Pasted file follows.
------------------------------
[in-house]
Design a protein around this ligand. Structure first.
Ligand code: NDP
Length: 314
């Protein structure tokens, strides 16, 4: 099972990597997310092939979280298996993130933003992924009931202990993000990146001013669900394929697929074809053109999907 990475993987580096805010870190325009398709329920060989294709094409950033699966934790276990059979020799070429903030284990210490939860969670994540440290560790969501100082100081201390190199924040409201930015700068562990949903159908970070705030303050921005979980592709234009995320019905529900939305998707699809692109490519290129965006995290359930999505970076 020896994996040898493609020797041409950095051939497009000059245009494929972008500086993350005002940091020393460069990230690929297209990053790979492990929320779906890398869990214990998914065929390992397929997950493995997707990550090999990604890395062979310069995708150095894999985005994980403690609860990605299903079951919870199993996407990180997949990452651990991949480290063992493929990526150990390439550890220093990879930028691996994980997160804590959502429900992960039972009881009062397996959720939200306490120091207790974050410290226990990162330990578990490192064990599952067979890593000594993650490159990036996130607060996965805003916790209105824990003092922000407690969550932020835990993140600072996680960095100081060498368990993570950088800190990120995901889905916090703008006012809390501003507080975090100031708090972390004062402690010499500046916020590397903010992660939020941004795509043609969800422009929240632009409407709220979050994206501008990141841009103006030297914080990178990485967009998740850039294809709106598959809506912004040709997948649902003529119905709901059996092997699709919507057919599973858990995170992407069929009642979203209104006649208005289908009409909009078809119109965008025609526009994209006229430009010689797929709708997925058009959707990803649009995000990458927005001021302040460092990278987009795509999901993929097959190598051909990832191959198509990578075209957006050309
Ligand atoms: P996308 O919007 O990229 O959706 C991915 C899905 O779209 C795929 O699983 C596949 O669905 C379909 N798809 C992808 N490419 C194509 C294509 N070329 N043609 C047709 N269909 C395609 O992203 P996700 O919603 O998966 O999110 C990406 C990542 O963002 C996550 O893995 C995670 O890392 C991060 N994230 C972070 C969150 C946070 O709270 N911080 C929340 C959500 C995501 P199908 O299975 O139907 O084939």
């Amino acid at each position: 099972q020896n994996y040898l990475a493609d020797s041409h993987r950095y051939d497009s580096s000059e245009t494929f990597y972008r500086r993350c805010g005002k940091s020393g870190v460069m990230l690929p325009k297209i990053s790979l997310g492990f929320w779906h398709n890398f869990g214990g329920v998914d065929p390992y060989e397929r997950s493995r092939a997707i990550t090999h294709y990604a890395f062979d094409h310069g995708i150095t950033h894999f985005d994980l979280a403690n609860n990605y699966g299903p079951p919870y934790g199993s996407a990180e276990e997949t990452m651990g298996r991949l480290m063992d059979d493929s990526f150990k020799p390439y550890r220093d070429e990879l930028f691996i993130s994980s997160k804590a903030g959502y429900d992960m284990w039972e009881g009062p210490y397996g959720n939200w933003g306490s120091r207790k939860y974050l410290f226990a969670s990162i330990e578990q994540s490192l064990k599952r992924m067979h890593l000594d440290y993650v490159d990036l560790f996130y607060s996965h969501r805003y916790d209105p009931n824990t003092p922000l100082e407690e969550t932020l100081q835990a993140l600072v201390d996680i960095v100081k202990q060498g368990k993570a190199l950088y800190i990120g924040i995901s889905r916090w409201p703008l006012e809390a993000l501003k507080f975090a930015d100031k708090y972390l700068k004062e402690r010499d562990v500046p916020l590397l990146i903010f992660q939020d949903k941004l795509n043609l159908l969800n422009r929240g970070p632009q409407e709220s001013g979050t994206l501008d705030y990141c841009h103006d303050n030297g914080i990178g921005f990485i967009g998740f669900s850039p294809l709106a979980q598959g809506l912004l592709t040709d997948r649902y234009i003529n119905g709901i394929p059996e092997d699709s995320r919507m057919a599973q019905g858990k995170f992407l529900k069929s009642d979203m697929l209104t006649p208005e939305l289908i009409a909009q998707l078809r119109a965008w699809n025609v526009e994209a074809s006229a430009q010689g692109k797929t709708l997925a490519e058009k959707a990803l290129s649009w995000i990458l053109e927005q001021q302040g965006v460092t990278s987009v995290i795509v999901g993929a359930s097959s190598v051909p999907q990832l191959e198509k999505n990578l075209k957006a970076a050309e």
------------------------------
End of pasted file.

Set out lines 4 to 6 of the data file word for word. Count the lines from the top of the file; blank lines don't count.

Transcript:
Length: 314
């Protein structure tokens, strides 16, 4: 099972990597997310092939979280298996993130933003992924009931202990993000990146001013669900394929697929074809053109999907 990475993987580096805010870190325009398709329920060989294709094409950033699966934790276990059979020799070429903030284990210490939860969670994540440290560790969501100082100081201390190199924040409201930015700068562990949903159908970070705030303050921005979980592709234009995320019905529900939305998707699809692109490519290129965006995290359930999505970076 020896994996040898493609020797041409950095051939497009000059245009494929972008500086993350005002940091020393460069990230690929297209990053790979492990929320779906890398869990214990998914065929390992397929997950493995997707990550090999990604890395062979310069995708150095894999985005994980403690609860990605299903079951919870199993996407990180997949990452651990991949480290063992493929990526150990390439550890220093990879930028691996994980997160804590959502429900992960039972009881009062397996959720939200306490120091207790974050410290226990990162330990578990490192064990599952067979890593000594993650490159990036996130607060996965805003916790209105824990003092922000407690969550932020835990993140600072996680960095100081060498368990993570950088800190990120995901889905916090703008006012809390501003507080975090100031708090972390004062402690010499500046916020590397903010992660939020941004795509043609969800422009929240632009409407709220979050994206501008990141841009103006030297914080990178990485967009998740850039294809709106598959809506912004040709997948649902003529119905709901059996092997699709919507057919599973858990995170992407069929009642979203209104006649208005289908009409909009078809119109965008025609526009994209006229430009010689797929709708997925058009959707990803649009995000990458927005001021302040460092990278987009795509999901993929097959190598051909990832191959198509990578075209957006050309
Ligand atoms: P996308 O919007 O990229 O959706 C991915 C899905 O779209 C795929 O699983 C596949 O669905 C379909 N798809 C992808 N490419 C194509 C294509 N070329 N043609 C047709 N269909 C395609 O992203 P996700 O919603 O998966 O999110 C990406 C990542 O963002 C996550 O893995 C995670 O890392 C991060 N994230 C972070 C969150 C946070 O709270 N911080 C929340 C959500 C995501 P199908 O299975 O139907 O084939």